For most book lovers, there's really no better pleasure than stepping into a well-stocked bookstore. The nation of Japan knows this feeling well , asÂ the country is one built on the unadulterated love of printed prose . In Japanese, there's even a specific a word for that ever-growing pile of yet-to-be-read books you've collected over the years: tsundokuÂ (çŠ?ă‚“čŞ). Given the sheer amount and variation of bookstores in Japan, it only makes sense that the term tsundokuÂ exists.
Feeling like treating yourself to a little junk food binge, but can’t figure out whether you want salty or sweet? Lucky you’re in Japan because, like for most things, this country has the answer to all of life’s cravings—no matter how bizarre. Chocolate covered chips are exactly what you would guess: crispy, salty plain potato chips covered in smooth, sweet milk chocolate. So simple and obvious, this guilty snack hybrid is now a snack mainstay at most combini (convenience stores).
Once you start working and building a social life in Japan, the izakaya quickly becomes your second home. From easy-to-grab meals to drinking sessions with co-workers or catch-ups with friends — it’s a social staple. There are some points to keep in mind, however, if you’re new to this Japanese equivalent of a public house. We’ve broken down the basics for you in this primer on izakaya culture.
Muck Rack makes it simple to find people, tweets, or articles that mention any name, keyword, company, hashtag etc. We've compiled this guide to help you make the most of your search.
Selecting a term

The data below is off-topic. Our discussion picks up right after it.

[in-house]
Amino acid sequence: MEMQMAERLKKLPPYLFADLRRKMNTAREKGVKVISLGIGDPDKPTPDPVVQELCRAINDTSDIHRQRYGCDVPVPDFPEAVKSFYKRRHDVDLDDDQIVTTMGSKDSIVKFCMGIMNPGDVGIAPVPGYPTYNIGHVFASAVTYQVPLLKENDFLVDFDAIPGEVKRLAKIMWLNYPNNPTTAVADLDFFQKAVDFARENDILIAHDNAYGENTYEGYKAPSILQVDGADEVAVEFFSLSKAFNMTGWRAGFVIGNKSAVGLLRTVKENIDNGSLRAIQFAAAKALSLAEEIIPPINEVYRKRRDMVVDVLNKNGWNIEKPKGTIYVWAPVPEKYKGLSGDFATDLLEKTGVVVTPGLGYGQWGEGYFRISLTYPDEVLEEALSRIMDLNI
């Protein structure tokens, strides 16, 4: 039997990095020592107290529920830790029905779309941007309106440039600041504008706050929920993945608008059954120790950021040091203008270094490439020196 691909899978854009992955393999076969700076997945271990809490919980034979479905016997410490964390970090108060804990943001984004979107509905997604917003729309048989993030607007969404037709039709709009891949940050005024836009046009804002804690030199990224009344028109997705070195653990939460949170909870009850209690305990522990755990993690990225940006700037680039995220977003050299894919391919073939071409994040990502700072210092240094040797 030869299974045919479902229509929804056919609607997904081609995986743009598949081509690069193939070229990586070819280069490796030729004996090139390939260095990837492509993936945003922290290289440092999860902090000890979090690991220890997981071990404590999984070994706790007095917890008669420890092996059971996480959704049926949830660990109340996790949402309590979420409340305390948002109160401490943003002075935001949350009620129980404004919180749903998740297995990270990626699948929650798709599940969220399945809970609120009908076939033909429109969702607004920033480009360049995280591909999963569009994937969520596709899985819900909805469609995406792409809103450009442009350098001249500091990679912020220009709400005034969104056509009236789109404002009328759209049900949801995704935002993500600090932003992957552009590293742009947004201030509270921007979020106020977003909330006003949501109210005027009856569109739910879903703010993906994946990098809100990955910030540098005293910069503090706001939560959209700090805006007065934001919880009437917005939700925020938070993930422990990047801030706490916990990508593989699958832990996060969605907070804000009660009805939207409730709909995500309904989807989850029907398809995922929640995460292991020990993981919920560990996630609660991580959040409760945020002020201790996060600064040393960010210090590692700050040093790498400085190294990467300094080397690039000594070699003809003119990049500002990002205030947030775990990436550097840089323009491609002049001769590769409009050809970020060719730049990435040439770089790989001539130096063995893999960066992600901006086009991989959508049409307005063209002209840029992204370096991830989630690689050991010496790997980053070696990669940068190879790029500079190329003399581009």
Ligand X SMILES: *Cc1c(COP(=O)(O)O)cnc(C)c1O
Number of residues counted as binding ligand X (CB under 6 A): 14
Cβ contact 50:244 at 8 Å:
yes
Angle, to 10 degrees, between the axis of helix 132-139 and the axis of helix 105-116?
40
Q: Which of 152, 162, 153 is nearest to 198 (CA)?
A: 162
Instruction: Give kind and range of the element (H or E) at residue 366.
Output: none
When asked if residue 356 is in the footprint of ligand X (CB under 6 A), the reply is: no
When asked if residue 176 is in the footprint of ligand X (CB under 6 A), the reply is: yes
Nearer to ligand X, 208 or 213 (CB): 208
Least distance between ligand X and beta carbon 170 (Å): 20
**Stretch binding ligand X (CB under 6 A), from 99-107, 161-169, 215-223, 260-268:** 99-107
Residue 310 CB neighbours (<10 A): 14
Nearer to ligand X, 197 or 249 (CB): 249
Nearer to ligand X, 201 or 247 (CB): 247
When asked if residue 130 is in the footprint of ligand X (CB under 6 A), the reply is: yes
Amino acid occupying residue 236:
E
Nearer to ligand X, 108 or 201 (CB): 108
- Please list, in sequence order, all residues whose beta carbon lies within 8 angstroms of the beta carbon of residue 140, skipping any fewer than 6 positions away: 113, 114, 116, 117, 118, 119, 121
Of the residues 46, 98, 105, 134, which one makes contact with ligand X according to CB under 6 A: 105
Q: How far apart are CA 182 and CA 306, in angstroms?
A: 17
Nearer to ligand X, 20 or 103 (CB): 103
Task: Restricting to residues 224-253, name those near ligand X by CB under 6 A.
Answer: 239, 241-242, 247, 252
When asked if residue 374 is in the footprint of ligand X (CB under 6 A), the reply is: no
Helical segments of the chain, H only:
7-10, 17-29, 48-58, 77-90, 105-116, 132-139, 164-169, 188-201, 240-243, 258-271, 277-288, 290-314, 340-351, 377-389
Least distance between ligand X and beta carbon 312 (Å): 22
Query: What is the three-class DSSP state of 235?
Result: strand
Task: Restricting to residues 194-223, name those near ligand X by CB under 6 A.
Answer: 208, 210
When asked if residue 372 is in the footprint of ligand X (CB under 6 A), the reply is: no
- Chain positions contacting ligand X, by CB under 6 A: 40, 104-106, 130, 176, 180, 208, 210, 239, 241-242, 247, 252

Start searching tweets, articles from media outlets, articles mentioned in tweets, journalists'
names, titles and bios with some suggested searches:
Companies or Topics (e.g. iPhone, Microsoft)
Phrases (e.g. "cloud computing") — use quotes to keep the terms together
Twitter handles (e.g. @username) — returns those who have mentioned or replied to
Names (e.g. "David Pogue")
Hashtags (e.g. #sxsw, #london2012)
Bio details (e.g. vegan, Olympics, father)
Muck Rack's Advanced Search allows for many boolean operators.
Find results that mention multiple specified terms, use AND or
+. For example, ensure each result contains both Elon Musk and Mark Zuckerberg by
searching Obama AND Romney or Obama + Romney.
Use the operators OR or , to broaden your search when you'd like either of
multiple terms to appear in results. (This is the default behavior of our search when no operators
are used.) For example, search for democrat OR republican to find results that refer to
Democrats and/or Republicans.
Use NOT or - to subtract results from your search. For
example, searching Disney will yield results about the Walt Disney Company as well as Walt Disney
World Resort. To exclude mentions of Disney World, search for Disney -World or Disney
When using one of these operators with a phrase, enclose it in quotation marks. For example, you can
find results about smartphones excluding Apple's iPhone 4S by searching smartphone -"iPhone
Exact case matching or punctuation
If you're searching for a brand name or keyword that relies on specific punctuation marks or capitalization, you can
find results that match your exact query by adding matchcase: before the keyword you're searching for, like matchcase:E*TRADE .
Use parentheses to separate multiple
boolean phrases. For example, to find journalists talking about having fun in Disney World or
Disneyland, search for ("disney world" OR disneyland) AND fun.
An asterisk can be used to search for any variation of a root word truncated by the asterisk. For example, searching for admin* will return results for administrator, administration, administer, administered, etc.
A near operator is an AND operator where you can control the distance between the words. You can vary the distance the near operation uses by adding a forward slash and number (between 0-99) such as strawberries NEAR/10 "whipped cream", which means the strawberries must exist within 10 words of "whipped cream".